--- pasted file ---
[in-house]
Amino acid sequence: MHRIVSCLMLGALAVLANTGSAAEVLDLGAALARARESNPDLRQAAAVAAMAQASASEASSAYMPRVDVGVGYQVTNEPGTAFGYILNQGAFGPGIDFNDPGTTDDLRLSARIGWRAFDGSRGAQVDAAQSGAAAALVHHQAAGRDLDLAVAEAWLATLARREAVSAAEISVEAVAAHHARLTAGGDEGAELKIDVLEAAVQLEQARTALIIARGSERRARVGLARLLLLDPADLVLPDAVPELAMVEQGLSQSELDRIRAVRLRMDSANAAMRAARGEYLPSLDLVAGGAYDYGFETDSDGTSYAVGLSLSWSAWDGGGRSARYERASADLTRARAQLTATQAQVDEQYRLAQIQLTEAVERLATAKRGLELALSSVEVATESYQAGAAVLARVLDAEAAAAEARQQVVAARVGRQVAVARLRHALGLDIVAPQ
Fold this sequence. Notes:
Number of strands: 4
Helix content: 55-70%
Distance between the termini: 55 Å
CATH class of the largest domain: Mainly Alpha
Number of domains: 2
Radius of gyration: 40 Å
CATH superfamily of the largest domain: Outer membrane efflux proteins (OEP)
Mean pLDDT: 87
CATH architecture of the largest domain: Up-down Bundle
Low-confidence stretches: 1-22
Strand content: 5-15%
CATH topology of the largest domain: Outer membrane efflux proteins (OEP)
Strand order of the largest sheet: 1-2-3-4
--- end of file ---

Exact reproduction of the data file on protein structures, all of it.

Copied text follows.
[in-house]
Amino acid sequence: MHRIVSCLMLGALAVLANTGSAAEVLDLGAALARARESNPDLRQAAAVAAMAQASASEASSAYMPRVDVGVGYQVTNEPGTAFGYILNQGAFGPGIDFNDPGTTDDLRLSARIGWRAFDGSRGAQVDAAQSGAAAALVHHQAAGRDLDLAVAEAWLATLARREAVSAAEISVEAVAAHHARLTAGGDEGAELKIDVLEAAVQLEQARTALIIARGSERRARVGLARLLLLDPADLVLPDAVPELAMVEQGLSQSELDRIRAVRLRMDSANAAMRAARGEYLPSLDLVAGGAYDYGFETDSDGTSYAVGLSLSWSAWDGGGRSARYERASADLTRARAQLTATQAQVDEQYRLAQIQLTEAVERLATAKRGLELALSSVEVATESYQAGAAVLARVLDAEAAAAEARQQVVAARVGRQVAVARLRHALGLDIVAPQ
Fold this sequence. Notes:
Number of strands: 4
Helix content: 55-70%
Distance between the termini: 55 Å
CATH class of the largest domain: Mainly Alpha
Number of domains: 2
Radius of gyration: 40 Å
CATH superfamily of the largest domain: Outer membrane efflux proteins (OEP)
Mean pLDDT: 87
CATH architecture of the largest domain: Up-down Bundle
Low-confidence stretches: 1-22
Strand content: 5-15%
CATH topology of the largest domain: Outer membrane efflux proteins (OEP)
Strand order of the largest sheet: 1-2-3-4